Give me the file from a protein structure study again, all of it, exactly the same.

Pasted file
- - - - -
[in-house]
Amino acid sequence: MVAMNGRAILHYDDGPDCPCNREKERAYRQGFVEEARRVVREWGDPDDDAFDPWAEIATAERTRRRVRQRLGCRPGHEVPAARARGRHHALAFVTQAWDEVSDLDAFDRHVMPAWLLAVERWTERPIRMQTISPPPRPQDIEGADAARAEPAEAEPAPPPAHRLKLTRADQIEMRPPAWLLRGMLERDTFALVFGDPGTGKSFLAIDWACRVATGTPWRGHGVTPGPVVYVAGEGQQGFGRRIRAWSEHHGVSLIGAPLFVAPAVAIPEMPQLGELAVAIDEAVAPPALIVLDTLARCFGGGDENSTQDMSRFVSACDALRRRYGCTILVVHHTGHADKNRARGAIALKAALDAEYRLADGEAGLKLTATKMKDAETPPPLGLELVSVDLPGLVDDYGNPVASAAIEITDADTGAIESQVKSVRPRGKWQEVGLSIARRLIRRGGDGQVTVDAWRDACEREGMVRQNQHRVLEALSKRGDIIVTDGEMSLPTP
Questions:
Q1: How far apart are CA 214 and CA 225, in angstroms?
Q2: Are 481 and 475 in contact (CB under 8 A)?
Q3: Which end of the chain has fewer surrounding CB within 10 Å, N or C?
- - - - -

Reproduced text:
[in-house]
Amino acid sequence: MVAMNGRAILHYDDGPDCPCNREKERAYRQGFVEEARRVVREWGDPDDDAFDPWAEIATAERTRRRVRQRLGCRPGHEVPAARARGRHHALAFVTQAWDEVSDLDAFDRHVMPAWLLAVERWTERPIRMQTISPPPRPQDIEGADAARAEPAEAEPAPPPAHRLKLTRADQIEMRPPAWLLRGMLERDTFALVFGDPGTGKSFLAIDWACRVATGTPWRGHGVTPGPVVYVAGEGQQGFGRRIRAWSEHHGVSLIGAPLFVAPAVAIPEMPQLGELAVAIDEAVAPPALIVLDTLARCFGGGDENSTQDMSRFVSACDALRRRYGCTILVVHHTGHADKNRARGAIALKAALDAEYRLADGEAGLKLTATKMKDAETPPPLGLELVSVDLPGLVDDYGNPVASAAIEITDADTGAIESQVKSVRPRGKWQEVGLSIARRLIRRGGDGQVTVDAWRDACEREGMVRQNQHRVLEALSKRGDIIVTDGEMSLPTP
Questions:
Q1: How far apart are CA 214 and CA 225, in angstroms?
Q2: Are 481 and 475 in contact (CB under 8 A)?
Q3: Which end of the chain has fewer surrounding CB within 10 Å, N or C?